I looked into the code, and saw an error. But luckily I also saw the way to by-pass it. All you have to do is to manually enter the correct URL, select the “Internet Voucher” option, and enter “schipholfreaccess” in both the ID and password fields (and accept the conditions). It will not give you an access screen, but you will be able to “Enjoy unlimited free wifi”.

Who said hackers are not obedient?

;-p

In The Netherlands: Utrecht and Amsterdam

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As soon as I arrived in Utrecht, Diederik took me to a lunch at a very nice restaurant, inside an industrial complex: Zuiver. Both him and the waiter suggested the smoked eel salad, and I must agree, it was delicious.
Then, after a couple of very interesting meetings, he took me to dinner to another very nice restaurant, this time in the colorful and very touristy Red Light District: ANNA, where we had pre-appetizer, appetizer, main course, pre-dessert, and dessert.

Back in the hotel room, I found this interesting “no weed smoking allowed in the room” notice:

The next day I had a meeting at IBM Netherlands. The surprise came after the meeting: outdoors BBQ party, with DJ!

The best thing was that I finally had a chance to try one of the culinary creations of IBM’s Watson Cognitive Computer. It was a “Bengali Butternut BBQ Sauce”. It was definitely different, and delicious. Apparently I was not the only one who liked it!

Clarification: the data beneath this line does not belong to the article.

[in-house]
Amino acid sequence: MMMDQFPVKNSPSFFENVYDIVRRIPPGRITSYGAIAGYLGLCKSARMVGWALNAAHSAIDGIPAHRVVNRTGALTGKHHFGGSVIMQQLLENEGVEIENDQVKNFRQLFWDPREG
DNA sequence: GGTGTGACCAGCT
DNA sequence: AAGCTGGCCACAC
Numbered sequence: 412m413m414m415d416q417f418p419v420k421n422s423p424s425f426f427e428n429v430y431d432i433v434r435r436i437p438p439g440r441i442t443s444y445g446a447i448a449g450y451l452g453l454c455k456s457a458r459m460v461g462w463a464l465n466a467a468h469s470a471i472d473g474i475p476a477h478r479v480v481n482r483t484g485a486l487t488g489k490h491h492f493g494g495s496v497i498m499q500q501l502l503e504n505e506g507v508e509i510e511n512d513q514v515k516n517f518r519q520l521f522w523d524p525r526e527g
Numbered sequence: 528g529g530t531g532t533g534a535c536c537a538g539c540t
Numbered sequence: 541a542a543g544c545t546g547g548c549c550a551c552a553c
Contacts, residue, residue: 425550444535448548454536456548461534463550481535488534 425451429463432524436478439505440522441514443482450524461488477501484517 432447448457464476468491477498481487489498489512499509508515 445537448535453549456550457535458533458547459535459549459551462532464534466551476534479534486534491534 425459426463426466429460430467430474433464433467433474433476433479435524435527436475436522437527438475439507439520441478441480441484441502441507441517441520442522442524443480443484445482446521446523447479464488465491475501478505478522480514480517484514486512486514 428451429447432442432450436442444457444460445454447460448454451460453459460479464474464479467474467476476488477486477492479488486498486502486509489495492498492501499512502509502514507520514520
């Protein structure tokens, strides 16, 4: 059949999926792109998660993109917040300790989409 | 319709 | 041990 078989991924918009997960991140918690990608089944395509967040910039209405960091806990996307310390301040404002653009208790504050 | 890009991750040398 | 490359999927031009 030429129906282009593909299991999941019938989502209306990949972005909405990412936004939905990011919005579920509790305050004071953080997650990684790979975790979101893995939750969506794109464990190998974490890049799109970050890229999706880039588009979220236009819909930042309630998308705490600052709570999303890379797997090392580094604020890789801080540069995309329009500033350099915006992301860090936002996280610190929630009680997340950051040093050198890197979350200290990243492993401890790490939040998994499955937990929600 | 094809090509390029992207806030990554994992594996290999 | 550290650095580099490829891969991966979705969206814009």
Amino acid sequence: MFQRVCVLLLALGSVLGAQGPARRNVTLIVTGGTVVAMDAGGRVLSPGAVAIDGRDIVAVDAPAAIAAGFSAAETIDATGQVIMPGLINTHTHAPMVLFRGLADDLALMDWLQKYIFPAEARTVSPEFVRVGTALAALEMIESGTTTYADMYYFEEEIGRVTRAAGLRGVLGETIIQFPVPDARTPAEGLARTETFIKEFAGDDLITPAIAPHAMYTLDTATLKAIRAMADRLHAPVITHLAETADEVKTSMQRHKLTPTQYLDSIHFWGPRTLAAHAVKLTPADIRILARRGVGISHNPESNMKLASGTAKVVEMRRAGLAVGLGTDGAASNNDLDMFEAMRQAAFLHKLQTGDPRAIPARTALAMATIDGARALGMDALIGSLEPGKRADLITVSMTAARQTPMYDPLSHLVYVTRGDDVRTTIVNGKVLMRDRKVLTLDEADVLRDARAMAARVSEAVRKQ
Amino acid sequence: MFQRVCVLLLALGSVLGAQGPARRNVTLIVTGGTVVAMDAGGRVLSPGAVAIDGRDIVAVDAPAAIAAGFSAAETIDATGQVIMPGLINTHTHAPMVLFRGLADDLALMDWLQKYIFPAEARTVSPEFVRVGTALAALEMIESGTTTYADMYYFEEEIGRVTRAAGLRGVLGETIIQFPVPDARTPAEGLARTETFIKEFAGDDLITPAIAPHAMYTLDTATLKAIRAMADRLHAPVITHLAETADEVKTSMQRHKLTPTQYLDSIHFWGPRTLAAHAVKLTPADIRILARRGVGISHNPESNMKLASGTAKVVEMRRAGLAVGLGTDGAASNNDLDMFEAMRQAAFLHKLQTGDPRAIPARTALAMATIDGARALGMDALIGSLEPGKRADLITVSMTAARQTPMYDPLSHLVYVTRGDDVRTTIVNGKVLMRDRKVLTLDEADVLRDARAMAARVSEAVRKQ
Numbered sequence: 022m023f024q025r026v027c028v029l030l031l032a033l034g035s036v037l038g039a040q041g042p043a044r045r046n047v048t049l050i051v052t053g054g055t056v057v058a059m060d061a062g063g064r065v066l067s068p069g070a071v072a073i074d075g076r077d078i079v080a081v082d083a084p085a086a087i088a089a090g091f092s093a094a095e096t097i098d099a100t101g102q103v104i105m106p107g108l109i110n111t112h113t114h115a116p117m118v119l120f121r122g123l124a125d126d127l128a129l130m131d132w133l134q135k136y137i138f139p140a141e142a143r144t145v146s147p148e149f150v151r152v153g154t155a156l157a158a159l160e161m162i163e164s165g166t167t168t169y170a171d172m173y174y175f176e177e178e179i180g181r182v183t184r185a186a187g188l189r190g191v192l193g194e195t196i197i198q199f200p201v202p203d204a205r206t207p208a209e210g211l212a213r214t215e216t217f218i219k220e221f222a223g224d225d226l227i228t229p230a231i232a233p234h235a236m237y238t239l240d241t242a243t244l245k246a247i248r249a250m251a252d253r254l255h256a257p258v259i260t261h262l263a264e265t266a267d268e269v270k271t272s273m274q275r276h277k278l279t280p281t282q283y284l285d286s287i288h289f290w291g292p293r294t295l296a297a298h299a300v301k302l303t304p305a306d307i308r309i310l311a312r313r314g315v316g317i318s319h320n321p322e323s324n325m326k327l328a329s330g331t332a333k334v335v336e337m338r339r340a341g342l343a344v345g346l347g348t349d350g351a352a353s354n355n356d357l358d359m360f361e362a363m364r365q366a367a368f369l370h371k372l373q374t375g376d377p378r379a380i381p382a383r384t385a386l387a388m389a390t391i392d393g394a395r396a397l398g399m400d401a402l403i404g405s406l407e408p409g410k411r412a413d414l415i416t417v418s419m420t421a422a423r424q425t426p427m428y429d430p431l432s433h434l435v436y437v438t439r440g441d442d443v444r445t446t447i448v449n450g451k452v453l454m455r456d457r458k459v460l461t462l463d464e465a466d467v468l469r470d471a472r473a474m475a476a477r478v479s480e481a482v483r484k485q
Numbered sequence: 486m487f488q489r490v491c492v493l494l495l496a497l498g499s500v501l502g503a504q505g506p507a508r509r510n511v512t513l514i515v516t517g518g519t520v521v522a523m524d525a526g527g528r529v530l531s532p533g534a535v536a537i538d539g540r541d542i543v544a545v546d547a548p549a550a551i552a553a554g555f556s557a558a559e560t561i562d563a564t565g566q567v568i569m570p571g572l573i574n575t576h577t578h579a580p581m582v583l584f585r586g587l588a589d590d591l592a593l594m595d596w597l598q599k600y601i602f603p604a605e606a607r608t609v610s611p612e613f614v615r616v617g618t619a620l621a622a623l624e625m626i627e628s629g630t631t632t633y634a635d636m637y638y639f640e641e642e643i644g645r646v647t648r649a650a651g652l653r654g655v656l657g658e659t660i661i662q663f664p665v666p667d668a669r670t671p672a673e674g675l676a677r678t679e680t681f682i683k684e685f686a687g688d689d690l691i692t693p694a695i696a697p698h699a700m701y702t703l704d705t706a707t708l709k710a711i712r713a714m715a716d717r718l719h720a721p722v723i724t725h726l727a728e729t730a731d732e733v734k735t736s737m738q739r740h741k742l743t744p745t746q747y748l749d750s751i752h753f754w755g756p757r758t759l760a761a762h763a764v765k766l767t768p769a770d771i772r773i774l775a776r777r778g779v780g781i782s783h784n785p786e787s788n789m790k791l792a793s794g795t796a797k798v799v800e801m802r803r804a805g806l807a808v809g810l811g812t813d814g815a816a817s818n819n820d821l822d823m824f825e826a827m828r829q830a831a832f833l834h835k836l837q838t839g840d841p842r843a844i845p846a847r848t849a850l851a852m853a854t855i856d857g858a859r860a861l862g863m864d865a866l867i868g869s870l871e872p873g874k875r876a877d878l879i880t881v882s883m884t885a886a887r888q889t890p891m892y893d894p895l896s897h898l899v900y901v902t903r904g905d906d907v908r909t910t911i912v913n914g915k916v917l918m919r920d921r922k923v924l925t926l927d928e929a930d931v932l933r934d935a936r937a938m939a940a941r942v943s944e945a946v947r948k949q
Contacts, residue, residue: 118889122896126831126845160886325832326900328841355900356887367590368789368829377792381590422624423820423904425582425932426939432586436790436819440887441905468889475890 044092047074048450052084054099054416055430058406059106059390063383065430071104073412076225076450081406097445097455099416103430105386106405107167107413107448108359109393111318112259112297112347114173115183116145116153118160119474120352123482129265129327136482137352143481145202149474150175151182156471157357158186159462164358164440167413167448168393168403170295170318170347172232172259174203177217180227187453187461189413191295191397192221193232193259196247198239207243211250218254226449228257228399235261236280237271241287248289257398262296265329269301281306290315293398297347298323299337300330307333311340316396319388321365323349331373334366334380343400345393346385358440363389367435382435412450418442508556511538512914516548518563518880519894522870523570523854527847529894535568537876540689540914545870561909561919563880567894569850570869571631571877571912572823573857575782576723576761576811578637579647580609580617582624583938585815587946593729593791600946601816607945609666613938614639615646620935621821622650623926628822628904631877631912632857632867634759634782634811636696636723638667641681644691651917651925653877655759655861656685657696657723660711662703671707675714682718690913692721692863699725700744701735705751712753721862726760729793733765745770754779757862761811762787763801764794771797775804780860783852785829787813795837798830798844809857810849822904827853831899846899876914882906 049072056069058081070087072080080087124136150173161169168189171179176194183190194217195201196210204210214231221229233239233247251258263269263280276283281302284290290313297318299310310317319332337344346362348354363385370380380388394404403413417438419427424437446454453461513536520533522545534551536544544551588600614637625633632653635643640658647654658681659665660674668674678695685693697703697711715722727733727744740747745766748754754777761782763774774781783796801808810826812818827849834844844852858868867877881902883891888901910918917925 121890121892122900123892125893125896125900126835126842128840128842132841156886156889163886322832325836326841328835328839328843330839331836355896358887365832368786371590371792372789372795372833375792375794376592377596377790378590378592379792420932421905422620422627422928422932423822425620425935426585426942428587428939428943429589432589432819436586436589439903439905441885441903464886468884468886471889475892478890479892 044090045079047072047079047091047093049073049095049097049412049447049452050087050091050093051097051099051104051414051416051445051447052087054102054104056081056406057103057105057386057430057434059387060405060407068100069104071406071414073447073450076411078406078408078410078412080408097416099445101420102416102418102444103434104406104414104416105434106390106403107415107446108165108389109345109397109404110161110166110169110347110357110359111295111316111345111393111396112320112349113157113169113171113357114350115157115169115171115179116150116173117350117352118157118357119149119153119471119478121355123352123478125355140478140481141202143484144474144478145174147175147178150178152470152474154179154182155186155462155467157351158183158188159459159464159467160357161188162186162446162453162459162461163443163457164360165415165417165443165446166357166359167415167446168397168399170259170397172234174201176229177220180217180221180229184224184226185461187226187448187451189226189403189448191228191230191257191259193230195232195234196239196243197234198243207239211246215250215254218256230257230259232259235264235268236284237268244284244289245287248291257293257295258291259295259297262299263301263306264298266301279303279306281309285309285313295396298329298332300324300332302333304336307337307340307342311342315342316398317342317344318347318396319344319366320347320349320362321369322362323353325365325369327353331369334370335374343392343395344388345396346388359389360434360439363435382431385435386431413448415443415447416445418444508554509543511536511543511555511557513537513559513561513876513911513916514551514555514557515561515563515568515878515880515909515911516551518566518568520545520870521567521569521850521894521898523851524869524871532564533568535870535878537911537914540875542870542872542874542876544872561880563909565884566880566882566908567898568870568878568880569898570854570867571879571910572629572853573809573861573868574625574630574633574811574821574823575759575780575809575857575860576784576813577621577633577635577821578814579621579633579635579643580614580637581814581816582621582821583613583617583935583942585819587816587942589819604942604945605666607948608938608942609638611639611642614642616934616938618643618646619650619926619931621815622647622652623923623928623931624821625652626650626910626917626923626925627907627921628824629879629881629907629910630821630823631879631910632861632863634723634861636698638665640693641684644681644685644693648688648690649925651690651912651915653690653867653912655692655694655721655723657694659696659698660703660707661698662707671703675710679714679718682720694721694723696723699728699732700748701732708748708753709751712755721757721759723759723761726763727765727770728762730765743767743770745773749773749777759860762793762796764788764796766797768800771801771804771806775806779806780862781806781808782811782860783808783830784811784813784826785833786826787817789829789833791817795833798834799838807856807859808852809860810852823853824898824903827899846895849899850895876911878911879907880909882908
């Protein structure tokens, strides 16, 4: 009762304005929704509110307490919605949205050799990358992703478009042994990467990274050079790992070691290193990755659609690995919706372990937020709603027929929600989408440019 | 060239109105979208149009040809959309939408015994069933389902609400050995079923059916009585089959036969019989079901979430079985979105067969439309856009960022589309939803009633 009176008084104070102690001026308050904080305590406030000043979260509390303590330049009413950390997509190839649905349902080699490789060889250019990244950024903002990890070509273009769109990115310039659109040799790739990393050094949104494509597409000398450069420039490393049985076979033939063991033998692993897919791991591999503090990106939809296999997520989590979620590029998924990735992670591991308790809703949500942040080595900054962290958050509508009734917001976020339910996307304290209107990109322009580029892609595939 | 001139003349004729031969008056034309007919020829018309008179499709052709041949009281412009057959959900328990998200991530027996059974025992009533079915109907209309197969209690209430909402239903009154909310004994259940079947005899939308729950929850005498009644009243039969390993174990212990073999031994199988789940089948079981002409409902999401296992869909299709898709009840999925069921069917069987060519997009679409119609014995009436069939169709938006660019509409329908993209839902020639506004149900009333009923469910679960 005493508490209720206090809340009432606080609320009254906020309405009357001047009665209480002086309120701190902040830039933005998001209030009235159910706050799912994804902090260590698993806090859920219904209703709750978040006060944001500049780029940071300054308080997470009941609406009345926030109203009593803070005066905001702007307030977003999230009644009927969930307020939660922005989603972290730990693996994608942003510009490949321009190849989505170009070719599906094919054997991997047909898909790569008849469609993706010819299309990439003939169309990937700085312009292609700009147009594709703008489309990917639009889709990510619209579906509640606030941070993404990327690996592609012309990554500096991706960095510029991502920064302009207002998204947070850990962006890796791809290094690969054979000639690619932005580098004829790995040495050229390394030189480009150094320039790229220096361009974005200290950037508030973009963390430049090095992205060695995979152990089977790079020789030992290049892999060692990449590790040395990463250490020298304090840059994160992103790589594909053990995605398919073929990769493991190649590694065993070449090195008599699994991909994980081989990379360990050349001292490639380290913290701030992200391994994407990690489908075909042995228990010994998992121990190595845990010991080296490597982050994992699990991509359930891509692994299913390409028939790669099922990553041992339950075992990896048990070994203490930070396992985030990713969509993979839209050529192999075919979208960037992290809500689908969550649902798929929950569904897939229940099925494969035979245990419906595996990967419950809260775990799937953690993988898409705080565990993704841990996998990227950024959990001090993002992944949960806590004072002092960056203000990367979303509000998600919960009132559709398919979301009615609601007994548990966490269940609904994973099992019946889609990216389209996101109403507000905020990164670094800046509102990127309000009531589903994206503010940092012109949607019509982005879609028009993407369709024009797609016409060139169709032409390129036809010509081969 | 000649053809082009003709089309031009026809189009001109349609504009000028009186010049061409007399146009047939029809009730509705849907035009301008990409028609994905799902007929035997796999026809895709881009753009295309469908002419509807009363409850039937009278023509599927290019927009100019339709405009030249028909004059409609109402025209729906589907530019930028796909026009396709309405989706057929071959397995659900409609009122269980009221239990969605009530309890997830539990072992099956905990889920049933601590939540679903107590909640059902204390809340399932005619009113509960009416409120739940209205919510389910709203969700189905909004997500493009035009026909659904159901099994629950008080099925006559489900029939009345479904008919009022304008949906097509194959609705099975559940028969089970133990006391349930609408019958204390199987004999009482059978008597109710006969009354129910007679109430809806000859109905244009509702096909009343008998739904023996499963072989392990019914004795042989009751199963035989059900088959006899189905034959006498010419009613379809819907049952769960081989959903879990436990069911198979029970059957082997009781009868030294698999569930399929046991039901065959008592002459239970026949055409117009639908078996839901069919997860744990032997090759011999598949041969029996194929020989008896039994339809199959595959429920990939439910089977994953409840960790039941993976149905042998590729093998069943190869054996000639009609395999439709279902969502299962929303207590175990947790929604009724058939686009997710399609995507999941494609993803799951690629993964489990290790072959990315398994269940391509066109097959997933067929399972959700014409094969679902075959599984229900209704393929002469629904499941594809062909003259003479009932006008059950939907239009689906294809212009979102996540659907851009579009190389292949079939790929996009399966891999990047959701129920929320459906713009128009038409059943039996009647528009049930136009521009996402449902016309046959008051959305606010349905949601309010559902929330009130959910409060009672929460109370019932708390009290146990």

Milan and Rome

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On Monday September 15 I flew from New York to Milan, and went straight to a business meeting. From there I took the train to Rome. Although I was quite tired upon arrival, I had to stay awake until it was “local time to go to bed” to avoid jet-lag, so I took a stroll through the Piazza della Repubblica, where I had a Panini di melanzana e mozzarella, and Piazza Santa Maria Maggiore, where I had a Gelato di canoli (yes, canoli flavor, not a canoli).

The next day, after my meeting, I took the Leonardo Express to Rome’s airport, now called Leonardo da Vinci. The train ticket is €14, but beware of the “hidden fine”! Let me tell you what happened to me, so you can avoid the trap when you attempt to do the same:
I bought the train ticket from the automatic ticket dispenser in the station. I used my credit card, and the machine made me choose the train. I chose one with 20 minutes, plenty of time to go to the tracks and board. The first odd thing is that they only show the track of the Leonardo Express two minutes before it departs, but since it always departs from the same, unmarked, track, or so I learned later, you can go to that track (I believe it is number 22) without waiting for the display to tell you so.
At NO point I was told, by the machine or signs that were sufficiently visible, or in English (or even Italian, since I can speak basic Italian), that I had to “cancel” (or machine-stamp) the ticket.